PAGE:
Roundabouts & Roots

September 29, 2011

…You got me goin’ in circles
Oh, ’round and ’round I go
Goin’ in circles
Oh, ’round and ’round I go
I’m strung out over you…

~Luther Vandross

It makes me sad to utter this. But, something has run amiss, almost amok here.

In an ever dumbed down America, now even the most simple ideas are often illogically, even rabidly, rejected and then find trouble gaining traction. Our populace has strayed from critical analysis, from free thought, from historical cognizance, from educational enlightenment…rejecting sound reason in favor of wicked demogoguery. Faith, and not knowledge, reigns. Most good ideas “foreign” are blindly rejected without humility as if this land remains some divinely touched insular utopia. You often hear the herd-like anger: while this may work there, it will never work here. Words voiced by a few perturbed by fear and suspicious of change, evoking little but gossip, gripes and poor judgment.

Take roundabouts—those ring intersections through which traffic flows in a counterclockwise circuit, simply yielding to those already inside. First appearing in Great Britain in the early 60’s, there are over 30,000 in France alone (an area slightly smaller than Texas) and only some 2,000 in this entire country. In study after engineering study, roundabouts have been proven to reduce harmful emissions, allow smoother traffic flow, reduce lights and signs, and decrease severe collisions. Yet in the states, whenever some communities are faced with the specter of a roundabout, irrational wrath soon becomes seething apathy, sometimes even squelching the proposal. Then, despite all engineering logic, the collective psyche insists upon the status quo of traffic signals and signs, halted traffic, enhanced CO2 emissions, and grisly wrecks. Allo?

Thankfully, roundabouts are experiencing a slight upsurge here…and where fear ebbs and they are finally constructed, public opinion invariably soars in favor of these sometimes unwelcome circles.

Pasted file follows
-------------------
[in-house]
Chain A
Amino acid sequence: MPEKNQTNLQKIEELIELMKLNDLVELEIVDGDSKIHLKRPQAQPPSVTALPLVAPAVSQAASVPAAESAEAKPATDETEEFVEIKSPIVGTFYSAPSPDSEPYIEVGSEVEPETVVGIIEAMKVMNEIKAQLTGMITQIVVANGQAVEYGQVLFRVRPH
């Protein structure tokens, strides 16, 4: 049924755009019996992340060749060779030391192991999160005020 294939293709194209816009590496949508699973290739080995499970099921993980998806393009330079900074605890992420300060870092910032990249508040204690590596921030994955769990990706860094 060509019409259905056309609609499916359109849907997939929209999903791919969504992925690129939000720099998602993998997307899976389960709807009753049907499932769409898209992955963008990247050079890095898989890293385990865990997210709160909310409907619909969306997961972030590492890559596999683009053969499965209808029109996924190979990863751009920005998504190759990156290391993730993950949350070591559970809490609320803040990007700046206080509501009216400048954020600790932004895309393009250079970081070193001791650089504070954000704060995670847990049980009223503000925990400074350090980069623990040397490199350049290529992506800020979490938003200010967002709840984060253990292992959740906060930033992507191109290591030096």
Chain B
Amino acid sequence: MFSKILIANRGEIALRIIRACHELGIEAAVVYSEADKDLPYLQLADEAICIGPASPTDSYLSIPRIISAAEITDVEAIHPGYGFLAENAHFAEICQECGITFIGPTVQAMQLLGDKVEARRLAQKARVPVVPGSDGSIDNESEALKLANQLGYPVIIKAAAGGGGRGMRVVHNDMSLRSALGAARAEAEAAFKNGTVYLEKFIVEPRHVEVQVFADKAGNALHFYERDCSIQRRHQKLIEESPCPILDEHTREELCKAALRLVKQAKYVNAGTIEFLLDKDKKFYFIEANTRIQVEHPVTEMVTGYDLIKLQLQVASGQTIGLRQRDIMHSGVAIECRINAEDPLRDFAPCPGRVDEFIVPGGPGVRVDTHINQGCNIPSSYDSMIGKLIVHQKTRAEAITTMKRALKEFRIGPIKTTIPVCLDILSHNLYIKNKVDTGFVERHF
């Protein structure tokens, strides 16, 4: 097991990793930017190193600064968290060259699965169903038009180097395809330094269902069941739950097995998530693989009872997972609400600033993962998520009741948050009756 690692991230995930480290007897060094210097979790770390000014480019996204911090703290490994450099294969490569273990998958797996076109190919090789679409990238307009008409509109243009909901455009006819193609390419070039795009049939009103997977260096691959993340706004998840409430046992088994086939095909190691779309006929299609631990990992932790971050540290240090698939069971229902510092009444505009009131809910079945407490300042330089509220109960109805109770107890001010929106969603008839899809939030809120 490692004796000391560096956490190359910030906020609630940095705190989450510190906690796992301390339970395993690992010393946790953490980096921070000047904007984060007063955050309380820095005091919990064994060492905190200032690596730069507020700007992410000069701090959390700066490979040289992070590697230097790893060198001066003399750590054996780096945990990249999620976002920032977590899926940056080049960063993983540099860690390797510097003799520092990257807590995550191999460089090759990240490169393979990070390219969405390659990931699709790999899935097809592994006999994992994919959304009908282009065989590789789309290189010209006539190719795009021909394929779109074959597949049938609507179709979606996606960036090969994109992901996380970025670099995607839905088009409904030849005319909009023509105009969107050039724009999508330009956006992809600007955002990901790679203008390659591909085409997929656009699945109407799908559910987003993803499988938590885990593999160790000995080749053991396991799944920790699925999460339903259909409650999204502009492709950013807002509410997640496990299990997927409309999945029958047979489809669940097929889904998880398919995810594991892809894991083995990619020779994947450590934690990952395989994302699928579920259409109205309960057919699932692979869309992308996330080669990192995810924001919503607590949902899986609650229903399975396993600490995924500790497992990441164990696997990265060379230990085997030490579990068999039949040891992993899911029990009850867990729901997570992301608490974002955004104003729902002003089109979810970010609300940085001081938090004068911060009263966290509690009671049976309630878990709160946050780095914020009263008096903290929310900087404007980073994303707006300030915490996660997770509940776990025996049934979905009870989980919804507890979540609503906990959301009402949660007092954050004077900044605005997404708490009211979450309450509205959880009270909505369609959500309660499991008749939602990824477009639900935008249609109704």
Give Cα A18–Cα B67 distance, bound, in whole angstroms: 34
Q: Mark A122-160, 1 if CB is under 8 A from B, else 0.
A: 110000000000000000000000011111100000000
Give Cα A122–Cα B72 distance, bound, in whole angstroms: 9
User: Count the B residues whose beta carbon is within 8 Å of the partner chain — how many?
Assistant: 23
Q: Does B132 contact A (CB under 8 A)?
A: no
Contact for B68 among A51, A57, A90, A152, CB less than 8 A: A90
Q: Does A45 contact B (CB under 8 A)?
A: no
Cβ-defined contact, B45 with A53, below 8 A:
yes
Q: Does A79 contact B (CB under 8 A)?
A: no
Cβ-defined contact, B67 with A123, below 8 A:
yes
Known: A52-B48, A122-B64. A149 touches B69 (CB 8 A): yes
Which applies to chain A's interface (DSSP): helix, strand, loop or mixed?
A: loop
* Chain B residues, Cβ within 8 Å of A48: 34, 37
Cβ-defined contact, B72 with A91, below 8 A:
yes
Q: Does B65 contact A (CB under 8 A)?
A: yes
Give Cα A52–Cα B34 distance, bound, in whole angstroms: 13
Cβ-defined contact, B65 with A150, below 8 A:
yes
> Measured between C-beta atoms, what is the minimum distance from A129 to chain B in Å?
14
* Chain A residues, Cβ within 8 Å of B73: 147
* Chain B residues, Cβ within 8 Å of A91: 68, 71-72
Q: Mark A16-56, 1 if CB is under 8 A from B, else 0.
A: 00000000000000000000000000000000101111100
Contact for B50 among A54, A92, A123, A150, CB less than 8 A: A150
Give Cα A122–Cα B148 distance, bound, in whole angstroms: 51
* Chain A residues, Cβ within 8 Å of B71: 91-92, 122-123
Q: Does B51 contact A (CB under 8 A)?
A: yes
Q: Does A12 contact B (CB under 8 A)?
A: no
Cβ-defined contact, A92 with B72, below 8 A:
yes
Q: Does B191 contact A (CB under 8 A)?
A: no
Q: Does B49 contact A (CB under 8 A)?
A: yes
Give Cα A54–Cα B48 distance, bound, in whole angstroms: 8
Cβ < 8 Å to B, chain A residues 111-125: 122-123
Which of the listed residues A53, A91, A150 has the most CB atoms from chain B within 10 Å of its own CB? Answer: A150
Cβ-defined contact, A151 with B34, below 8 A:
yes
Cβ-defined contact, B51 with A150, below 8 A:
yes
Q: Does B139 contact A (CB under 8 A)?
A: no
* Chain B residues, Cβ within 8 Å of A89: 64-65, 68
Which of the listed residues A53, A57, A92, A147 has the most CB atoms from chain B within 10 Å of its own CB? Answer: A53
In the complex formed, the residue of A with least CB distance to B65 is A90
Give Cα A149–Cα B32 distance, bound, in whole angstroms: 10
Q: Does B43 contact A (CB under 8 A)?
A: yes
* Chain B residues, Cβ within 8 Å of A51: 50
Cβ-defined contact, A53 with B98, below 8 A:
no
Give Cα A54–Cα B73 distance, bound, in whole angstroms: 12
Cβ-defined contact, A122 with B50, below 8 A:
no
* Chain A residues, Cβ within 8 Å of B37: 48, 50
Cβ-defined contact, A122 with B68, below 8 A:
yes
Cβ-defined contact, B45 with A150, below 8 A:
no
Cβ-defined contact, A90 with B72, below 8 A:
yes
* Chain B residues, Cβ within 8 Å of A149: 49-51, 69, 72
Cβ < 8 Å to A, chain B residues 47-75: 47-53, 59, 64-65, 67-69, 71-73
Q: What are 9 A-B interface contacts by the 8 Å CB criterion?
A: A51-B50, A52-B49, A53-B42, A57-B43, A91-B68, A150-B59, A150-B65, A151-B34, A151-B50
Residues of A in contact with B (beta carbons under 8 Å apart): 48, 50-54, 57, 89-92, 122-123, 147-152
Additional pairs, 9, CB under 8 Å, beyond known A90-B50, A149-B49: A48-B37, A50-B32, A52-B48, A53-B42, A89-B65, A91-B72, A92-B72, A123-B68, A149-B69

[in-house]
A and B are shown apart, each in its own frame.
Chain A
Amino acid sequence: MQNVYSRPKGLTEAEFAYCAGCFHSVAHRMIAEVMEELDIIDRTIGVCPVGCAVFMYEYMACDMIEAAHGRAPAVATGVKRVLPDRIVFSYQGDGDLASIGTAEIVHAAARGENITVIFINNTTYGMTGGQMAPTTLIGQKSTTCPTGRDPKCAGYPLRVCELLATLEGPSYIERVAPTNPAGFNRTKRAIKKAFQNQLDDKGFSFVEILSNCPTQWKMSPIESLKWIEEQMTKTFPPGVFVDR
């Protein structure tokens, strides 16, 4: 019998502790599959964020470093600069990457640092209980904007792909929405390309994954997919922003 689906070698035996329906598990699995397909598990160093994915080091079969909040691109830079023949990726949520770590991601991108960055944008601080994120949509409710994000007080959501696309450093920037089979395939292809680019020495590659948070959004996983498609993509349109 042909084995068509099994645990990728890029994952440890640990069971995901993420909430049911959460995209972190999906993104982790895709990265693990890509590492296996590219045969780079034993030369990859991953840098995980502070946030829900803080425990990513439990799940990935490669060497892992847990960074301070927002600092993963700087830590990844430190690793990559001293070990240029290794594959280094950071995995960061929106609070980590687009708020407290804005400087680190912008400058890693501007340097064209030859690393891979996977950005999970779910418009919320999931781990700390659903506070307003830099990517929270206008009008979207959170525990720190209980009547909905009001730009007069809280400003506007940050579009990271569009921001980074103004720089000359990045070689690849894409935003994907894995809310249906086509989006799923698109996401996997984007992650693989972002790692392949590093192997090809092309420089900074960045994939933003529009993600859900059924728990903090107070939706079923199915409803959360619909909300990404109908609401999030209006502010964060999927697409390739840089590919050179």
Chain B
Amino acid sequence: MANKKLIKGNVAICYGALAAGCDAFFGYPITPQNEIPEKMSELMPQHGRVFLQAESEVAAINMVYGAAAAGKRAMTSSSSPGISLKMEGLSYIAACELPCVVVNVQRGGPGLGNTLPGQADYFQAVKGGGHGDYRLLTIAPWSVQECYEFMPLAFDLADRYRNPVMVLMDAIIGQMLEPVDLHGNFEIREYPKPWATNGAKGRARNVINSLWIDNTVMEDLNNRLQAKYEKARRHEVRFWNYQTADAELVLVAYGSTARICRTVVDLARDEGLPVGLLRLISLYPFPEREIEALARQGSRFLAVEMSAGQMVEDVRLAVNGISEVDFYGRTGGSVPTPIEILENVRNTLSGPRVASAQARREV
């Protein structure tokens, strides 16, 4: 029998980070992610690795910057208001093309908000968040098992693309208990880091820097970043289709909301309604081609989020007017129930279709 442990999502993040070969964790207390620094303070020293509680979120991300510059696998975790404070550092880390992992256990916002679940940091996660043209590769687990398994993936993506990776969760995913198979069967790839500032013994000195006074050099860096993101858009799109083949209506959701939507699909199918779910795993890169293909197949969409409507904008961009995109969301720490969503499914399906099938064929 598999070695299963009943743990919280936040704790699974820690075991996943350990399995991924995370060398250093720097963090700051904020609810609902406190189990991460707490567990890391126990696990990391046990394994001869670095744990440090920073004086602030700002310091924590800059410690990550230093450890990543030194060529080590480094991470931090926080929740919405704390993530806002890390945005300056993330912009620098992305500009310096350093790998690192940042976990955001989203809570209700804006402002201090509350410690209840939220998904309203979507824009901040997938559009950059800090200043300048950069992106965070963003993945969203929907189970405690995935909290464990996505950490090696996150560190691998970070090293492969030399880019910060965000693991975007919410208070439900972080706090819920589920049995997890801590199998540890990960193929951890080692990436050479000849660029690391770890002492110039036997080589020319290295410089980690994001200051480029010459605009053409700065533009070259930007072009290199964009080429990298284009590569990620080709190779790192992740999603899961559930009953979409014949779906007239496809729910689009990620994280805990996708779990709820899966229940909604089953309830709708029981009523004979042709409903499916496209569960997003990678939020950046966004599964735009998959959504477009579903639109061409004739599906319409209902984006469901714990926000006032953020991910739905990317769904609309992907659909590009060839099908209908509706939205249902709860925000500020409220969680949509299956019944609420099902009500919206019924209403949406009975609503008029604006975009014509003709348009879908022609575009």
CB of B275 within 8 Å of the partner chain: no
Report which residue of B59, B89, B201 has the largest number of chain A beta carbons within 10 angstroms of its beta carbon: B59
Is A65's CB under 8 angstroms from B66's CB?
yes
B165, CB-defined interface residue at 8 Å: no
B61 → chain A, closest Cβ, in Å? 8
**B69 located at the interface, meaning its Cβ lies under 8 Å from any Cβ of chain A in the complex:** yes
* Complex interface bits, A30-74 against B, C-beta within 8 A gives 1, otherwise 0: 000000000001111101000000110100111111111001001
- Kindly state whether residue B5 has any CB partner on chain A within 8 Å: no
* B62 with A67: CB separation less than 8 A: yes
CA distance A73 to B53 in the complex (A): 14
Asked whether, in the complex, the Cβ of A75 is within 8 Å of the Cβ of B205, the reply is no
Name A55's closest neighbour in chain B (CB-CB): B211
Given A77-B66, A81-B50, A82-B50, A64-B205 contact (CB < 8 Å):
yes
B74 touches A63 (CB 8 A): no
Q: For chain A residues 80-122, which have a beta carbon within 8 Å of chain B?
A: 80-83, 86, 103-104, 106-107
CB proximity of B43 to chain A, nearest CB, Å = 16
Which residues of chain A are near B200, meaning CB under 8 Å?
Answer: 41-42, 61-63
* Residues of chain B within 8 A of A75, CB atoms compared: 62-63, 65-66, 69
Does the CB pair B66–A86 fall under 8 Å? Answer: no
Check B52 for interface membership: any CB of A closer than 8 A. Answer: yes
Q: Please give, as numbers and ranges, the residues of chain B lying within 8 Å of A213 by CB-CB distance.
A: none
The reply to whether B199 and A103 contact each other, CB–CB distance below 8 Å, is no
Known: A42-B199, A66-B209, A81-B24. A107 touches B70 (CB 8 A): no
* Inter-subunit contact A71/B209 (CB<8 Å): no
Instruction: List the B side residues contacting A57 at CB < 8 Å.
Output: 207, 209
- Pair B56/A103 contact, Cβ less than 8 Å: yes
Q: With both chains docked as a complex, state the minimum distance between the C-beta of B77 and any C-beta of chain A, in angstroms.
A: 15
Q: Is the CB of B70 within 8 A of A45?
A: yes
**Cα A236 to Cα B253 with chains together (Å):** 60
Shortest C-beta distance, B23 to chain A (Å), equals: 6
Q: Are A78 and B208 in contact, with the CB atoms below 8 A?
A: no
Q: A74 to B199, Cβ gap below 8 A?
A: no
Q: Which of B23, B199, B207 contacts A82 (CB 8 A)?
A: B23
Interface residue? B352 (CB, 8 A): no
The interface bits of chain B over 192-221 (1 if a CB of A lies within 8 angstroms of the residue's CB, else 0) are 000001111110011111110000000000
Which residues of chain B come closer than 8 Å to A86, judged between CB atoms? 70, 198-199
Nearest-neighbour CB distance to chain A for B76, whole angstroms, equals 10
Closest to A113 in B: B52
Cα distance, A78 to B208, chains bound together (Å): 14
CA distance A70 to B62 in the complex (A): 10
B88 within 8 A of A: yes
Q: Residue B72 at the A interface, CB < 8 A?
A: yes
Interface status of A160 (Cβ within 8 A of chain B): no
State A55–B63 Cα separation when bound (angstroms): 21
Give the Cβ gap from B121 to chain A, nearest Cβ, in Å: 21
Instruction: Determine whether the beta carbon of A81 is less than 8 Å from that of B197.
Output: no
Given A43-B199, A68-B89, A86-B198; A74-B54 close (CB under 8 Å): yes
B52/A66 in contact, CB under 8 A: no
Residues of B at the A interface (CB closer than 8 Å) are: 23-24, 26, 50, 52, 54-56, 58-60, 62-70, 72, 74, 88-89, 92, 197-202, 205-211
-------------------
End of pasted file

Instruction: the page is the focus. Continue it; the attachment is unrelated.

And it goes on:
Knobby and gnarly, celeriac is not smoothly round, orb-like in a natural state. But, like root cousins turnips, parsnips, beets, carrots and potatoes, it makes one simple yet exquisite soup.

CELERIAC SOUP

3 T unsalted butter
1 T extra virgin olive oil
2 medium leeks, cleaned, peeled and chopped
2 plump fresh garlic cloves, peeled and minced
1 t dried cumin, roasted and ground
Sea salt and freshly ground black pepper

2 lbs celery root, peeled and cut into 1 1/2″ cubes
6 C chicken stock

1 C heavy whipping cream

Fresh tarragon leaves, for garnish

Place the butter and oil in a heavy large pot or Dutch oven over medium high heat until melted. Add the leeks and garlic and cook until soft and translucent, about 4-6 minutes. Add the cumin, season with salt and pepper and cook, stirring, for 1 minute. If the pot begins to brown too much on the bottom as they cook, add another pat of butter or pour of olive oil.

Add the celery root and stir to coat, then add the stock and briefly bring the mixture to a boil. Lower the heat so that the stock simmers gently and cook, stirring occasionally, until the celery root until soft and easily pierced with a paring knife, about 20 minutes more.

Allow to cool slightly off the heat, then purée in batches in a food processor fitted with a metal blade or a blender. Strain through a fine mesh strainer into a sauce pan, whisk in the cream and reheat over medium low. Adjust seasonings to taste, and serve in shallow soup bowls garnished with tarragon.

Advertisements

Prosopography unbound. How a being so homely can morph into such a lustrous beauty. Do not be dissuaded by the cover of this root with its brownish, knotted and hairy skin, and gnarly roots.

Consider a subterranean triad of celery root, turnips and russet potatoes either simply mashed or puréed much as below—in ratios to your liking. If you opt for this, cut the celeriac and turnips in smaller cubes than the potatoes for the initial simmer. In the end, this is nothing more than root manna.

CELERIAC PUREE

4 C whole milk, warmed
3 C vegetable or chicken stock
4 plump, fresh garlic cloves, peeled and smashed
2 sprigs fresh thyme
1 bay leaf